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New vehicle sales in June 2015 – NAAMSA comment on the local market

New vehicle sales in June 2015

The recent trend with domestic new vehicle sales continued during the past month, with the exception of light commercial vehicle sales.

Domestic sales of new light commercial vehicles, bakkies and mini-buses during June stood at 14 756 units. This reflected a modest improvement of 223 units or a gain of 1,5% compared to the 14 533 light commercial vehicles sold during the corresponding month last year.

Sales of vehicles in the investment-driven medium and heavy truck segments of the Industry had also registered declines. Medium commercial vehicle sales at 804 units and heavy commercial vehicle sales at 1 656 units, reflected a fall of 103 units or 11,4% in the case of medium commercials and a decline of 322 vehicles or a fall of 16,3% in the case of heavy trucks and buses – compared to the corresponding month last year.

Industry new vehicle exports overall (all cars and commercial vehicles) at 31 422 units during June, 2015.

Vehicle exports (cars and commercial vehicles) reflected upward momentum and continued increasingly to contribute positively to South Africa’s current account of the balance of payments. Industry new vehicle exports overall (cars and commercial vehicles) at 31 422 units during June, 2015 had again registered impressive growth compared to the corresponding month last year rising by 7 930 vehicles or 33,8% relative to the 23 492 export sales in June, 2014. Vehicle exports for 2015 remained on target to improve, in annual terms, by about 25% to a projected industry record export number of about 330 000 for the year.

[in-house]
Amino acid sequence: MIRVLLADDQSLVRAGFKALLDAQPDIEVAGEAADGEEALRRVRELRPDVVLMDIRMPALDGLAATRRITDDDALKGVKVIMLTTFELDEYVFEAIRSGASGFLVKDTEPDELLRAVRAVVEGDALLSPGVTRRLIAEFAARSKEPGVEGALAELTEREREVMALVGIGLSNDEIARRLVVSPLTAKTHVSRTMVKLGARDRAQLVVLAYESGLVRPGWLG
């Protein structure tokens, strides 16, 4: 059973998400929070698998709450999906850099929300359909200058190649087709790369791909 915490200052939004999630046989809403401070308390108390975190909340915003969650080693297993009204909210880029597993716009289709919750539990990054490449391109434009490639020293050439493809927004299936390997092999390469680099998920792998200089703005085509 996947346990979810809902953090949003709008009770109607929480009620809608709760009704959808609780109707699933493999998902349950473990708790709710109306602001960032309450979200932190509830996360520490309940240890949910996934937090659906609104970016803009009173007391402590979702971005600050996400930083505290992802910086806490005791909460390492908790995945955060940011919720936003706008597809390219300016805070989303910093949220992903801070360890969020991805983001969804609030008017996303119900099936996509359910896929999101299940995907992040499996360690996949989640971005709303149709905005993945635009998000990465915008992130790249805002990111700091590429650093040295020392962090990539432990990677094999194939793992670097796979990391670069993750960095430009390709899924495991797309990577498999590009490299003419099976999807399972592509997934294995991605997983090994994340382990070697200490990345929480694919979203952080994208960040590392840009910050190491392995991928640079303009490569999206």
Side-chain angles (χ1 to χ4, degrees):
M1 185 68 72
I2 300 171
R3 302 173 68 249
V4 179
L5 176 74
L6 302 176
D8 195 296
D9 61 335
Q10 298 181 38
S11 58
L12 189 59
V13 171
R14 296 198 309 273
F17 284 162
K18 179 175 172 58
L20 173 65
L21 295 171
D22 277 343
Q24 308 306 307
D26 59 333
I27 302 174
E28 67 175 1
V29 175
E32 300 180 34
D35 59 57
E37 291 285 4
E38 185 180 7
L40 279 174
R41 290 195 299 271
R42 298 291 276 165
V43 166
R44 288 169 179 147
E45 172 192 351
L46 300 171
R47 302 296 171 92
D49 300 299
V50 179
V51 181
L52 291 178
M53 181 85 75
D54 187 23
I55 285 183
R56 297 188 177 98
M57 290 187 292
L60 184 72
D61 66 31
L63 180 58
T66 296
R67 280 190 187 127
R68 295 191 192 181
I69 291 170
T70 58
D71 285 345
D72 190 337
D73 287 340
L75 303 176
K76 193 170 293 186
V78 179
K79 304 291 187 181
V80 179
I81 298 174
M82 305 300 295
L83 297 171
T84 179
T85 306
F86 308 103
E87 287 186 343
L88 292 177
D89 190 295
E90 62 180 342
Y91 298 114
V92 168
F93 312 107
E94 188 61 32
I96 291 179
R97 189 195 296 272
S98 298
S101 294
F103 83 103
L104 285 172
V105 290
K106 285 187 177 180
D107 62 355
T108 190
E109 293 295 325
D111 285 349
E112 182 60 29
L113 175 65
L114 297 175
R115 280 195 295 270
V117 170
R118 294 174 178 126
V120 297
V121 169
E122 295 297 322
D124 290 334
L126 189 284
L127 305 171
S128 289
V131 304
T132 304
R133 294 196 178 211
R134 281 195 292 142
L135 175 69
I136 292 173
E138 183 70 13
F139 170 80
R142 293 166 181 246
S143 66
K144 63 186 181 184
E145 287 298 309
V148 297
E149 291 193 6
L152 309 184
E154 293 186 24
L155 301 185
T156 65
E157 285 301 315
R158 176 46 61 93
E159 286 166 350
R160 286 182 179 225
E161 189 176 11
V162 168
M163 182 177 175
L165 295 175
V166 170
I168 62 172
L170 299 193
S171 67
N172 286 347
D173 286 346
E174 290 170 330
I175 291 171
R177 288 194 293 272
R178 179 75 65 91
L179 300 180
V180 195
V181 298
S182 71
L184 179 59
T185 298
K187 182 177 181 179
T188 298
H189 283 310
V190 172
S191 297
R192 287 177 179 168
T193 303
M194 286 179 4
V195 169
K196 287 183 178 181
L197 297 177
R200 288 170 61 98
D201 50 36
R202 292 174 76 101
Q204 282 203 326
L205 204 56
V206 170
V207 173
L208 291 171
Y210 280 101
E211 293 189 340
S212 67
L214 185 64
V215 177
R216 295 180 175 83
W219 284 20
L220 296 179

The underlying trends in new car sales, as well as commercial vehicle sales, had reflected a steady decline in recent months and were expected to remain under pressure over the short to medium term. Subdued levels of economic activity, electricity supply constraints, the impact of the recent higher personal tax burden, substantial increases in petrol price inflation and above-inflation new vehicle price increases – all contributed to an unfavourable outlook for domestic new vehicle sales. Business confidence and consumer sentiment, as a result, were also under pressure. The slight gain in the Purchasing Managers Index on the back of an improvement in business activity and an improvement in expected business conditions represented positive news.

In contrast to the difficult domestic environment, the continued sharply higher new vehicle export sales would continue to support the industry’s vehicle production levels and South Africa’s balance of payments.

[Abridged version by Annelise van der Laan]

Source: NAAMSA OFFICES: PRETORIA 1st July, 2015

 
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Tristan Wiggill
Seasoned writer, journalist, photographer, and editor.
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